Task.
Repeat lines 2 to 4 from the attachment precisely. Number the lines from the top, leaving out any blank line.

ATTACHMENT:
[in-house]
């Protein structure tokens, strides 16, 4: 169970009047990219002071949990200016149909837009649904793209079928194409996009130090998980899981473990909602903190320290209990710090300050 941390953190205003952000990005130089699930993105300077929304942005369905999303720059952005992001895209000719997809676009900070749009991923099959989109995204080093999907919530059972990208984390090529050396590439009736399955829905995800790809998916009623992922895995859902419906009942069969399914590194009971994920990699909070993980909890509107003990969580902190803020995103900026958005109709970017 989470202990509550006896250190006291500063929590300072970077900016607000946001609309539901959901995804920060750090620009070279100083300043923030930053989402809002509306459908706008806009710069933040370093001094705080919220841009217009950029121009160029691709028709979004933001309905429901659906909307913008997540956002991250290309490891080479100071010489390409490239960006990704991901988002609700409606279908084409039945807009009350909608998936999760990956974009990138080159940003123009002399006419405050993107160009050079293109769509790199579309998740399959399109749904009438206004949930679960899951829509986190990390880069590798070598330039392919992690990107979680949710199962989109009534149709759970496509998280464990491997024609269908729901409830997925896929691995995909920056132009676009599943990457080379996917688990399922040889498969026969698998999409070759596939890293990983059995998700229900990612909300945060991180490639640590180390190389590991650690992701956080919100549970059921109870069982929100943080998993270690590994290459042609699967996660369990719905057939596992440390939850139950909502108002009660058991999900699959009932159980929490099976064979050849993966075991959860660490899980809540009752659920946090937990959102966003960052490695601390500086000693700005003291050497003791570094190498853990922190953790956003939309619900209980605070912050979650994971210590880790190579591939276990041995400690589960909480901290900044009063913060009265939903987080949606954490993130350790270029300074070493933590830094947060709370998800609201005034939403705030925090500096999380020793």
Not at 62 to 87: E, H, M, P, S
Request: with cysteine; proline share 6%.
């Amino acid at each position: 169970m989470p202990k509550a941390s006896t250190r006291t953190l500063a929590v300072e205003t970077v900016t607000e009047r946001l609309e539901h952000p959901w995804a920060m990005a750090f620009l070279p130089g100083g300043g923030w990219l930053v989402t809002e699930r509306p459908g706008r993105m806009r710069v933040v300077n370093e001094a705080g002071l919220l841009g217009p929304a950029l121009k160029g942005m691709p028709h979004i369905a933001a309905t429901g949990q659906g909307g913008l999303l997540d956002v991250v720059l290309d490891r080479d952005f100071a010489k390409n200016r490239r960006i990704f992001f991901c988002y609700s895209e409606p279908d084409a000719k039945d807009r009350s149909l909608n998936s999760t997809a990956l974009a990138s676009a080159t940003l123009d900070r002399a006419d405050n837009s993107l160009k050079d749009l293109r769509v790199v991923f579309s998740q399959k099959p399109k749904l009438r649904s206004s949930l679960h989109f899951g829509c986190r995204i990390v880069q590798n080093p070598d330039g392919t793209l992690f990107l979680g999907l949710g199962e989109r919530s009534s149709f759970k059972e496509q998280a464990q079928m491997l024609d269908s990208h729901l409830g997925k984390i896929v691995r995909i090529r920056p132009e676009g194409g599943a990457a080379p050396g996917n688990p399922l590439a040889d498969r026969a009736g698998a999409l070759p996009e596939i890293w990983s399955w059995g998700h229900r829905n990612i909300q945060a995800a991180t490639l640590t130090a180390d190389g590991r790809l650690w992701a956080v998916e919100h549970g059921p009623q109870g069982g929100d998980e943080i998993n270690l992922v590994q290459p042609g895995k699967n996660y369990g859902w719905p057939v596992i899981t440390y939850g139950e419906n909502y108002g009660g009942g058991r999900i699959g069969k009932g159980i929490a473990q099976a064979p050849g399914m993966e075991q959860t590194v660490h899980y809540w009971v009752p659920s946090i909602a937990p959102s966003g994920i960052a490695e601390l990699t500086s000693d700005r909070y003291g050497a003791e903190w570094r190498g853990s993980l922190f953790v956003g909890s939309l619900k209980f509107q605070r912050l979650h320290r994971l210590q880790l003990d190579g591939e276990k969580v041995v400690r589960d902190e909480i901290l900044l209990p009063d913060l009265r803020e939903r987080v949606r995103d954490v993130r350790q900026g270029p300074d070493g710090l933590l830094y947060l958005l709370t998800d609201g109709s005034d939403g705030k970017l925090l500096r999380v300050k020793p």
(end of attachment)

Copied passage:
């Protein structure tokens, strides 16, 4: 169970009047990219002071949990200016149909837009649904793209079928194409996009130090998980899981473990909602903190320290209990710090300050 941390953190205003952000990005130089699930993105300077929304942005369905999303720059952005992001895209000719997809676009900070749009991923099959989109995204080093999907919530059972990208984390090529050396590439009736399955829905995800790809998916009623992922895995859902419906009942069969399914590194009971994920990699909070993980909890509107003990969580902190803020995103900026958005109709970017 989470202990509550006896250190006291500063929590300072970077900016607000946001609309539901959901995804920060750090620009070279100083300043923030930053989402809002509306459908706008806009710069933040370093001094705080919220841009217009950029121009160029691709028709979004933001309905429901659906909307913008997540956002991250290309490891080479100071010489390409490239960006990704991901988002609700409606279908084409039945807009009350909608998936999760990956974009990138080159940003123009002399006419405050993107160009050079293109769509790199579309998740399959399109749904009438206004949930679960899951829509986190990390880069590798070598330039392919992690990107979680949710199962989109009534149709759970496509998280464990491997024609269908729901409830997925896929691995995909920056132009676009599943990457080379996917688990399922040889498969026969698998999409070759596939890293990983059995998700229900990612909300945060991180490639640590180390190389590991650690992701956080919100549970059921109870069982929100943080998993270690590994290459042609699967996660369990719905057939596992440390939850139950909502108002009660058991999900699959009932159980929490099976064979050849993966075991959860660490899980809540009752659920946090937990959102966003960052490695601390500086000693700005003291050497003791570094190498853990922190953790956003939309619900209980605070912050979650994971210590880790190579591939276990041995400690589960909480901290900044009063913060009265939903987080949606954490993130350790270029300074070493933590830094947060709370998800609201005034939403705030925090500096999380020793």
Not at 62 to 87: E, H, M, P, S
Request: with cysteine; proline share 6%.